- Men’s ice hockey crushes Colgate, 4-1
- Men’s basketball falls to Brown in non-conference finale
- Fall Sports Awards
- Health center implements new policy for spring 2017
- Quinnipiac men’s ice hockey drops third straight, 4-1 to Princeton
- Serving up tradition
- Anne Dichele appointed as Interim Dean of the School of Education
- Got the finals freak outs?
- Dog Finals benefits students by reducing stress levels
- The Chronicle’s top ten news stories in 2016
A look at the history of the World Series
Finally, for the first time in a while, this year’s World Series has implications for many fans here at Quinnipiac. Many know what the World Series is, but how exactly did it evolve into the coveted championship that we cheer our teams toward today?
Baseball was once owned an operated by a handful of owners that broke away from the then defunct National Association. These owners formed the National League and proceeded to run it as a monopoly. A few years later in 1883, another group of businessmen created the American Association. The American Association designed its business practices towards attempting to destroy the National League. They cut ticket prices and attempted to lure players away from the N.L. through generous contract offers. Out of these cut throat practices, an agreement was reached between the two leagues, and a championship game against the two teams with the best records from each league would be held. The concept of a World Series was born.
Historians tend to point to the 1903 series, which pitted the Boston Red Sox against the Pittsburgh Pirates, as the first World Series. The series, originally called the Championship of the United States, consisted of a nine game playoff. Pittsburgh ace Deacon Phillippe won the first World Series game of the modern baseball era, as the Pirates beat Boston and their ace Cy Young, 7-3. However, it was the Beantown boys that were able to win five games and gain the title of United States Champions.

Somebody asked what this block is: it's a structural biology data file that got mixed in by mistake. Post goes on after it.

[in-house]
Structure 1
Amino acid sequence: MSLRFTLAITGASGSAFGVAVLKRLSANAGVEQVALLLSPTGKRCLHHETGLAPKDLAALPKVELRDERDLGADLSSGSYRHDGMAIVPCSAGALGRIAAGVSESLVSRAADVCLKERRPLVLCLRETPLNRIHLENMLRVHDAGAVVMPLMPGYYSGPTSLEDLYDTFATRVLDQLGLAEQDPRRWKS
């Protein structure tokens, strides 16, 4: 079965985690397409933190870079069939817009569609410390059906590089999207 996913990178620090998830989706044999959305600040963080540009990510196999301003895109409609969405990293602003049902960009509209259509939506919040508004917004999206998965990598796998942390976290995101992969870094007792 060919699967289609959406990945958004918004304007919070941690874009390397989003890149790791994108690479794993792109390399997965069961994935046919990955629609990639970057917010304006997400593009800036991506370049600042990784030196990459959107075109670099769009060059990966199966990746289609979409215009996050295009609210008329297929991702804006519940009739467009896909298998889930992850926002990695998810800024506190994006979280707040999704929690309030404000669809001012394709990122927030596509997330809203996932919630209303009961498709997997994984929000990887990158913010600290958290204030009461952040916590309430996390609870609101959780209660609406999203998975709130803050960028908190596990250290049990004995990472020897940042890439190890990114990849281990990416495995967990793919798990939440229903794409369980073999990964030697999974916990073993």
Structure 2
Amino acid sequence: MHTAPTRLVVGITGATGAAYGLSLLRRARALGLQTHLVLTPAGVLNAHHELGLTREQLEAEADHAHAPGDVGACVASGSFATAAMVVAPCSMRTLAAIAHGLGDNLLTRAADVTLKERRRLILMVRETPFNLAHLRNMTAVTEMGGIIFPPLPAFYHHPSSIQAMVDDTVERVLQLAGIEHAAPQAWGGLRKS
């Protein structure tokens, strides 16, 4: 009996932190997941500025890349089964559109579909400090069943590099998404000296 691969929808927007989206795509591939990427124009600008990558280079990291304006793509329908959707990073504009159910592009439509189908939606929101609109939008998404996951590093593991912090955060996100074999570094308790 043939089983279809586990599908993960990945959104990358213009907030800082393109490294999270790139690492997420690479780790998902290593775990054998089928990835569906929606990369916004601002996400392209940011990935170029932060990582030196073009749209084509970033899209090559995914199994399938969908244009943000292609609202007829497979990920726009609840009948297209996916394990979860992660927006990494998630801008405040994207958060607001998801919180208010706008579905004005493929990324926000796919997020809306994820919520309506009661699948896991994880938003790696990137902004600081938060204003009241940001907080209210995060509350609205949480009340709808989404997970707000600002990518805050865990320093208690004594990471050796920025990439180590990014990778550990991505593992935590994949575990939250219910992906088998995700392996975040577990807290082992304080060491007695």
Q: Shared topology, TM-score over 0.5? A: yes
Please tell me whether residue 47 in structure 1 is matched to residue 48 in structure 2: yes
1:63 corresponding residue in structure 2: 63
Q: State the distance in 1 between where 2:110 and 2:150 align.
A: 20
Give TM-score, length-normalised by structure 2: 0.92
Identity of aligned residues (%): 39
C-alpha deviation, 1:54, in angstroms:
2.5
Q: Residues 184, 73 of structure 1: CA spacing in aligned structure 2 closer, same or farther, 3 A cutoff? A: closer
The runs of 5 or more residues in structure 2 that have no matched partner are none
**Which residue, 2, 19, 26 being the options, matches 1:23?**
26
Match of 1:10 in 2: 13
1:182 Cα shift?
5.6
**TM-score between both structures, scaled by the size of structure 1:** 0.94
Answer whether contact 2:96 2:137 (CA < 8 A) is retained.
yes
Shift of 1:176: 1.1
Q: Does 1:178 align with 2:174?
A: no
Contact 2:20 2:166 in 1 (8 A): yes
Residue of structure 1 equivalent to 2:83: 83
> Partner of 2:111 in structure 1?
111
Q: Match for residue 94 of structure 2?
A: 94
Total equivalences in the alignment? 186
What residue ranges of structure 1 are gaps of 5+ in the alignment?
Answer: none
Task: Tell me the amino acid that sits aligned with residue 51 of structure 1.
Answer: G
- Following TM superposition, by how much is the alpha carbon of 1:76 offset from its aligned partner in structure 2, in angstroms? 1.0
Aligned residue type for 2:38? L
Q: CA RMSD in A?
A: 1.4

The next major significant moment in World Series history occurred in 1919. The Chicago White Sox were preparing to play the Cincinnati Reds when a rumor started to circulate that some of the Sox were planning to throw the series. The Reds went on to win the series and many of the White Sox were called into question. Shoeless Joe Jackson, an outfielder for the White Sox, was one of these players. Despite the fact that Jackson had the highest batting average, hit the only home run of the series, and never made an error, Commissioner Judge Kenesaw Mountain Landis saw fit to bar Jackson from the game for the rest of his life. This Chicago team is known to this day as the Black Sox and was the first time sports and gambling were brought together.
The 1947 World Series was one of the greatest series ever played. The Yankees beat the Dodgers in the seventh game of the series, but that was nothing compared to the feat accomplished that season by one of the Dodgers’ players. Jackie Robinson broke the color barrier at the start of the season, becoming the first African-American to play in the Major Leagues. Robinson is also known for being the first African-American to participate in a World Series. In the series, Robinson batted .259 with seven hits and three runs batted in. The ’47 Series is also memorable because it was the first World Series to ever be shown on national television.
As times change, so does the game of baseball. Gone are the days of Ruth calling his shot against the Cubs at Wrigley Field and Carlton Fisk frantically waving for his ball to stay fair against the Cincinnati Reds. Kirk Gibson hobbling around the bases after his game winning home run against the Oakland Athletics and Yogi Berra jumping into Don Larson arms are just fleeting memories. Fans are no longer allowed to run onto the field as their team celebrates a triumphant end of a season. Baseball was once a great sport. The World Series itself produced bedtime stories for our fathers to tell. Names such as Babe Ruth, Willie Mays, Fisk, Reggie Jackson, Don Larson, Pete Rose, and Mickey Mantle all echo through the halls of baseball immortality.
Baseball today has been changed by the times. In 1995 a wild card was created to generate more teams for the playoffs. Thus, the playoff format had to be switched from a two team championship game to a four team test of strength. Some say television networks have ruined the game for children. Games are no longer broadcasted in the early afternoon. Most games start while many of America’s children are sleeping. Advertisements pepper the outfield walls in stadiums and commercials take away from the essence of the game.
This year’s post season has breathed life back into a dying game. Watch Ivan Rodriguez celebrate with his Marlins and your spine will tingle. Will Sox fans be taunted with “The Curse” as they try to reach the Series or could it be the Cubs who end their championship drought? Mark Prior is the fresh face baseball needs to carry us into the new century. Sammy Sosa, despite the corked bat, is still what it means to play the game for the love of it. Joe Torre has a chance this year to solidify his coaching tenure with the Yankees as one of the greatest dynasties that has ever played. This year’s World Series will bring the game back to how it was once played, with passion and respect.